Ramboll complete successful Halley VI research station move

22 June 2017 Consultancy.uk

The British Antarctic Survey Halley VI research station was moved from the Antarctic's Brent Ice Shelf, after rising temperatures saw drastic melting in the ancient formation. Ramboll was hired to plan and execute the emergency move, which was successful, enabling scientists to return to the station from November 2017.

The Halley VI is one of the British Antarctic Survey (BAS)’s major research stations. The station, and its predecessors Halley I – a wooden hut founded in 1956 – have contributed to key scientific discoveries, including the ozone hole, and its rapid expansion from pollution, in 1985. The station today continues its work on atmospheric phenomenon, from space weather to climate change.

Rapid changes to the Brent Ice Shelf, on which the base had its foundations, meant that the station needed to be moved, as a chasm was found to be forming near the station with the summer melt due to worsen the situation during the Antarctic's daylight season.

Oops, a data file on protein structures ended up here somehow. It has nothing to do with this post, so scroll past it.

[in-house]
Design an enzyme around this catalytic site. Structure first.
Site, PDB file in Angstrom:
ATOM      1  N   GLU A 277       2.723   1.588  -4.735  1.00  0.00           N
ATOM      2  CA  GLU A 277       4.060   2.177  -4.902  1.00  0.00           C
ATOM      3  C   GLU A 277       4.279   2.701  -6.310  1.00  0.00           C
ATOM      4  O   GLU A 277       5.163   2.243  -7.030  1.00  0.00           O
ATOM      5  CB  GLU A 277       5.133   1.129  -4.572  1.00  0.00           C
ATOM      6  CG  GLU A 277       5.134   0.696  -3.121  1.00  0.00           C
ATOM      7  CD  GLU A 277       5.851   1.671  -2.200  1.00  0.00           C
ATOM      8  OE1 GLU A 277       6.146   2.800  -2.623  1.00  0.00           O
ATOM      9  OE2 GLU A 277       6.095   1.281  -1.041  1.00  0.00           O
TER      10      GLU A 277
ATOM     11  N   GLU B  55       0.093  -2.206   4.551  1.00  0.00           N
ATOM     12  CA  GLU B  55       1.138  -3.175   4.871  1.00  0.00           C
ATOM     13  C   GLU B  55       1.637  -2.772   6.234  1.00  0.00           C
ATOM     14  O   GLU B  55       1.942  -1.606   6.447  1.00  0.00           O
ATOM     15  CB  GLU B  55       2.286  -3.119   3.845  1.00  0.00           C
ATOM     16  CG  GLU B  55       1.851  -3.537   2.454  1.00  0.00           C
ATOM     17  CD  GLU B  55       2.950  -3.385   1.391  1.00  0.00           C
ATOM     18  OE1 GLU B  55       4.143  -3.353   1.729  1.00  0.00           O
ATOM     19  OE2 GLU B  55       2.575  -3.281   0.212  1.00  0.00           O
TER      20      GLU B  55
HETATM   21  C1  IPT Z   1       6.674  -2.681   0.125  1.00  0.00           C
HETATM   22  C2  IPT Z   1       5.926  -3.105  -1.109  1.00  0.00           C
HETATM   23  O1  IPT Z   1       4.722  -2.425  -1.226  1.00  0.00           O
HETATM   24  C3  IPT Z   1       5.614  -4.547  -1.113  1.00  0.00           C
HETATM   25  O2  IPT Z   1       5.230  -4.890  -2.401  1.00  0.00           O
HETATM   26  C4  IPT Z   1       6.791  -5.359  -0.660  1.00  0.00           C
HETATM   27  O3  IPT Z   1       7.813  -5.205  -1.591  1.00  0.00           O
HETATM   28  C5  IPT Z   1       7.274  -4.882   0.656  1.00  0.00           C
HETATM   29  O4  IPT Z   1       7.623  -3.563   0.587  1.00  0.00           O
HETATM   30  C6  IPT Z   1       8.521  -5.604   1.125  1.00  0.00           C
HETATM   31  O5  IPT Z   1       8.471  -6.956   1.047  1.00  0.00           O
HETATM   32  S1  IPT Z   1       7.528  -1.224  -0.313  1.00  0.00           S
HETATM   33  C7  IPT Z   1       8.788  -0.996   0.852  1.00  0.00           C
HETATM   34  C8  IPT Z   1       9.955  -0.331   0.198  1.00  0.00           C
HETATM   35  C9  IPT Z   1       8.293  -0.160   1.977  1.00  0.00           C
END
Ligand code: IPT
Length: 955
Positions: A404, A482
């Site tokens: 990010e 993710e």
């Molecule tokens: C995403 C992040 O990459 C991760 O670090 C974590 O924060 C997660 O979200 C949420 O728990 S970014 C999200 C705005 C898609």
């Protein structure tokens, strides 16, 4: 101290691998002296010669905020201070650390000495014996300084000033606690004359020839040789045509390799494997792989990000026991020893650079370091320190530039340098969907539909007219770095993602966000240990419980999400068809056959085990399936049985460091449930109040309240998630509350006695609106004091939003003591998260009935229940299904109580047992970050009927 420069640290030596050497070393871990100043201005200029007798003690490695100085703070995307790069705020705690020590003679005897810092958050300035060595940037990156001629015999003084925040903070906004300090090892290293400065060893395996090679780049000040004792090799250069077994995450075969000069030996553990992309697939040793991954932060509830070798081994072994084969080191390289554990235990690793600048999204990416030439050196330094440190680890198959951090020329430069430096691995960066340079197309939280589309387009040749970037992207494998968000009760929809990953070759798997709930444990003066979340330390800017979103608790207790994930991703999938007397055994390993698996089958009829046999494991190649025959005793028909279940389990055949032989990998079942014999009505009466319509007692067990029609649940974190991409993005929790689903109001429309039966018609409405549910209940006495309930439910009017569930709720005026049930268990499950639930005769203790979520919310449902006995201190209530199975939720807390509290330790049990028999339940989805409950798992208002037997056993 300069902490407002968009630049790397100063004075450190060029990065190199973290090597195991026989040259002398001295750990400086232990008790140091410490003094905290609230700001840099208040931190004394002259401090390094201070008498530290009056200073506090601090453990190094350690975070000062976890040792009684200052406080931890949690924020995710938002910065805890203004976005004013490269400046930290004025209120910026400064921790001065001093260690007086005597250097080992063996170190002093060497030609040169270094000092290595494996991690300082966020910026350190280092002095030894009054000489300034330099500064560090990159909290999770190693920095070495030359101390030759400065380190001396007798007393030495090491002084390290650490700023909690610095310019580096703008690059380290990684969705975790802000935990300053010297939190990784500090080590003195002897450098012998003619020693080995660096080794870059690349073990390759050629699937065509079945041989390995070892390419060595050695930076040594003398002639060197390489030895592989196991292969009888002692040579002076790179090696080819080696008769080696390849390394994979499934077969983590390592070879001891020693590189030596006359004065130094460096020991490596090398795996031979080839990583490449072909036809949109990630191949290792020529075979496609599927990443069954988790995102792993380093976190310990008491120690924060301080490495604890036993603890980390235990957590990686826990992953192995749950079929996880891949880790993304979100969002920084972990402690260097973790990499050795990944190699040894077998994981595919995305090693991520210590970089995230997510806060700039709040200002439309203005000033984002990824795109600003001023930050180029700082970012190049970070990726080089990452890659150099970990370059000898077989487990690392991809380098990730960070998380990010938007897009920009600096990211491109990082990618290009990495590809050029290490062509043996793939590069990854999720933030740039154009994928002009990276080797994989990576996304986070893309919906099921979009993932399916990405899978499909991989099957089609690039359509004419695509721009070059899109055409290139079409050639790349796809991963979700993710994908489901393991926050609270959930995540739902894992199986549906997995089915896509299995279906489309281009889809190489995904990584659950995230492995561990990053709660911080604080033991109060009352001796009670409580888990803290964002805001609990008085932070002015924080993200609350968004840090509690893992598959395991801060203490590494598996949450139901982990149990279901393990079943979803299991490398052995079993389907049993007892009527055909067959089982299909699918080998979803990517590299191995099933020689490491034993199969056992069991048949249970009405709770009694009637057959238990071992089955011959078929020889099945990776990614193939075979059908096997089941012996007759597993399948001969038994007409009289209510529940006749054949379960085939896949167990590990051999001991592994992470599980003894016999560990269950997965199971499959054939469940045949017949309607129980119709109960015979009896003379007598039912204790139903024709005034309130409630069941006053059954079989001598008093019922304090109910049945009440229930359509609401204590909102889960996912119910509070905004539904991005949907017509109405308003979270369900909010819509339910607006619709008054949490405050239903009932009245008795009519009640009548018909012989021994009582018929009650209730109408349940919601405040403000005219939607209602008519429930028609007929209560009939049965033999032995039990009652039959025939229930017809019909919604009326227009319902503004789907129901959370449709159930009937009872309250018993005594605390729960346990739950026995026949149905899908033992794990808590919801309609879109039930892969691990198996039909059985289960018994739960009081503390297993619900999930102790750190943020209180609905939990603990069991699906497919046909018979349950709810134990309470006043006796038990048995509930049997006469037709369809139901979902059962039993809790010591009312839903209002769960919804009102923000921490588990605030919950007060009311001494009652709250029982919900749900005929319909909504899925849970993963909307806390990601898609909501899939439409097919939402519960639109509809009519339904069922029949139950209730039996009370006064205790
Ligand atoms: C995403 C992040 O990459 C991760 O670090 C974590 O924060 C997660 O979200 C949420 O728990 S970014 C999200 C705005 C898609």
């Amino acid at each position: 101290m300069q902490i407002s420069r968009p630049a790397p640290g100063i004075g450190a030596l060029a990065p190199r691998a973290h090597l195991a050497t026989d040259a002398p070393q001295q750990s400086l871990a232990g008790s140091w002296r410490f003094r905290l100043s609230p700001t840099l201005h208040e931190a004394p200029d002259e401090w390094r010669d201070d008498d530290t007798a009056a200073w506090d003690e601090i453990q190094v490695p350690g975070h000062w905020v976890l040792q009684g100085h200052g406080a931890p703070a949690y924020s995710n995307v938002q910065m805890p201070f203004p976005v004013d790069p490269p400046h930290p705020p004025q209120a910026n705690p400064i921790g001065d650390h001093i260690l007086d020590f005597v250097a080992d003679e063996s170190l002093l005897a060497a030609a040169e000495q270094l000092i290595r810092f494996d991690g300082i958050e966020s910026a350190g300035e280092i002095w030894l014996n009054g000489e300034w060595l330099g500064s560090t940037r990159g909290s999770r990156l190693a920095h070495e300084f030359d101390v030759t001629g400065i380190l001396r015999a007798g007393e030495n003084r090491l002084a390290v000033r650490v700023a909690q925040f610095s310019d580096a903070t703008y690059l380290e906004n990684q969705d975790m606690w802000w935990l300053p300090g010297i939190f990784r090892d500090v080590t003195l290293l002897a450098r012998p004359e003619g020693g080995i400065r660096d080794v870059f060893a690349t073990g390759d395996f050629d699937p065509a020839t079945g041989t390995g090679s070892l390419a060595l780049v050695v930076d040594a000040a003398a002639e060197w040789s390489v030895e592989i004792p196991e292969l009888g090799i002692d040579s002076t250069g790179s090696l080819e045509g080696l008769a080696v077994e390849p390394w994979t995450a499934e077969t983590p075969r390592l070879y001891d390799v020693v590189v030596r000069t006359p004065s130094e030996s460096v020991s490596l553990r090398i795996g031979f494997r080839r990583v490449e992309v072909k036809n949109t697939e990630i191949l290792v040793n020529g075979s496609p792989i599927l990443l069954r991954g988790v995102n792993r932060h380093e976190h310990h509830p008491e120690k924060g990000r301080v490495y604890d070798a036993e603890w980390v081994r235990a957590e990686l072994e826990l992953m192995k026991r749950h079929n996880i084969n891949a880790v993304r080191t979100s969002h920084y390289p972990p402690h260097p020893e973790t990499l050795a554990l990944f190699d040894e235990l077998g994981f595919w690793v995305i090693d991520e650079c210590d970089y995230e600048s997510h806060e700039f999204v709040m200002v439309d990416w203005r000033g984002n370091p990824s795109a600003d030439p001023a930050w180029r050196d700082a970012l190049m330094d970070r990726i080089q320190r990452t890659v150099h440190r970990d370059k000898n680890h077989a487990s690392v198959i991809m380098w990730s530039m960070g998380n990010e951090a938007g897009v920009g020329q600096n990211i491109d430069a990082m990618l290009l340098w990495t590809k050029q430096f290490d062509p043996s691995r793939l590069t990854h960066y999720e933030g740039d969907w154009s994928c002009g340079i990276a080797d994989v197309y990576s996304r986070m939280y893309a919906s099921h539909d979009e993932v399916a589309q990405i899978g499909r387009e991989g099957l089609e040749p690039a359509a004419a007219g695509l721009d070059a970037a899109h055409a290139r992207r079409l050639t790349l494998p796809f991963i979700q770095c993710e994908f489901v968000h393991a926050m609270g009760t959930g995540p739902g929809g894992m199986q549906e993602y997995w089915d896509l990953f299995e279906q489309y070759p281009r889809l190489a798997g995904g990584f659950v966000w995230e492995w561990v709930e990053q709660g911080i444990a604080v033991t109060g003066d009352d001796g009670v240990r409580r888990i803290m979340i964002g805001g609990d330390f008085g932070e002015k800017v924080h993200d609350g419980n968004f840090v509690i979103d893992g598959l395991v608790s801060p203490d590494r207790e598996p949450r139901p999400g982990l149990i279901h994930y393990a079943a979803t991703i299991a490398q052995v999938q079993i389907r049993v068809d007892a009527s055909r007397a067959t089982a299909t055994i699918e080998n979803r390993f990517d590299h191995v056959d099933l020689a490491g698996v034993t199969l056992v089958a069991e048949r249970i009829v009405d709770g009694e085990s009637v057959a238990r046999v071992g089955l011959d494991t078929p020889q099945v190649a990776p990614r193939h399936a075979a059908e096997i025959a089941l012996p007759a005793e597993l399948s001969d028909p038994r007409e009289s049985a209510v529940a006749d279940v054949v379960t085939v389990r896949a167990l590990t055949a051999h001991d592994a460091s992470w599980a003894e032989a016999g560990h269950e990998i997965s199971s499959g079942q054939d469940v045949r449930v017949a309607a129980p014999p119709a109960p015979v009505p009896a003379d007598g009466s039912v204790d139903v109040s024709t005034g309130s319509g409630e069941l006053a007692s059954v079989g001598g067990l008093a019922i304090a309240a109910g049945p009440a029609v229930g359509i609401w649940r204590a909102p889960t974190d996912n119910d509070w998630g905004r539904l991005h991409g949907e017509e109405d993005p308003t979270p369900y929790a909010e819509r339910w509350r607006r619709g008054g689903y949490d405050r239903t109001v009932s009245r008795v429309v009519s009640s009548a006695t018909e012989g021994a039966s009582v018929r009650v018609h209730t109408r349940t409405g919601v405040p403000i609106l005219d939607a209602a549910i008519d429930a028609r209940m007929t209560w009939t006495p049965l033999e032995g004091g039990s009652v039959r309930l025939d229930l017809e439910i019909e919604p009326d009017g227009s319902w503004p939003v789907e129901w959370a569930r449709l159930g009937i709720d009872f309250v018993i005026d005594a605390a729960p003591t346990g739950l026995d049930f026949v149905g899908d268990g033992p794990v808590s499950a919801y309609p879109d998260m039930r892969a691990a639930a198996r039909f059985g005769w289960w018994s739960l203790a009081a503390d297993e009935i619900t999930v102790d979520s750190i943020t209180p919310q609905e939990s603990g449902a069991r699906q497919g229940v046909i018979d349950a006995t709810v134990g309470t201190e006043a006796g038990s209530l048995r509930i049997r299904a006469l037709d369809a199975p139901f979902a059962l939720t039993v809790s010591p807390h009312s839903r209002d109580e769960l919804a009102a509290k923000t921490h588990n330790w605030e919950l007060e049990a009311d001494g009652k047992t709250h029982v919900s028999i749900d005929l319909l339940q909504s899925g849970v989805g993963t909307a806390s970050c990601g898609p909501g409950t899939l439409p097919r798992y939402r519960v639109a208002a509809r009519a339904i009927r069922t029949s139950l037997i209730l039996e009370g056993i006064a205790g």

Ramboll move of BAS Halley VI station deemed success

To coordinate the move, which would require relatively off the beaten track expertise in relatively hostile conditions, BAS commissioned engineering and consultancy firm Ramboll. The firm spent 13 weeks on site to move the station 23 km away from the chasm forming under its legs. This is the first time the building has been moved since its construction in 2012 – though the station itself is designed for mobility, sitting on something akin to spiders’ legs designed to allow relocation.

The successfully moved station will be back to full operation from November 2017.

Remarking on this expedition for the firm, as well as the move itself, Ramboll engineer, Ben Rowe, said, “If you select people with the required mind set and send them on a journey to the Antarctic to achieve one outcome, you witness how quickly a tight knit team can form. I leave Antarctica with a feeling of great privilege to have been part of that, whilst experiencing this dynamic project in this absolutely amazing continent.”

The Director of BAS, Professor Dame Jane Francis meanwhile reflected, “The relocation is a terrific achievement for our operational teams. Everyone who has worked so hard is absolutely buoyant about the success of the move. They talk about the great collegiality, what a great team they made, and how much they will miss working together. They are very proud of what they achieved – and I am proud of them all.”

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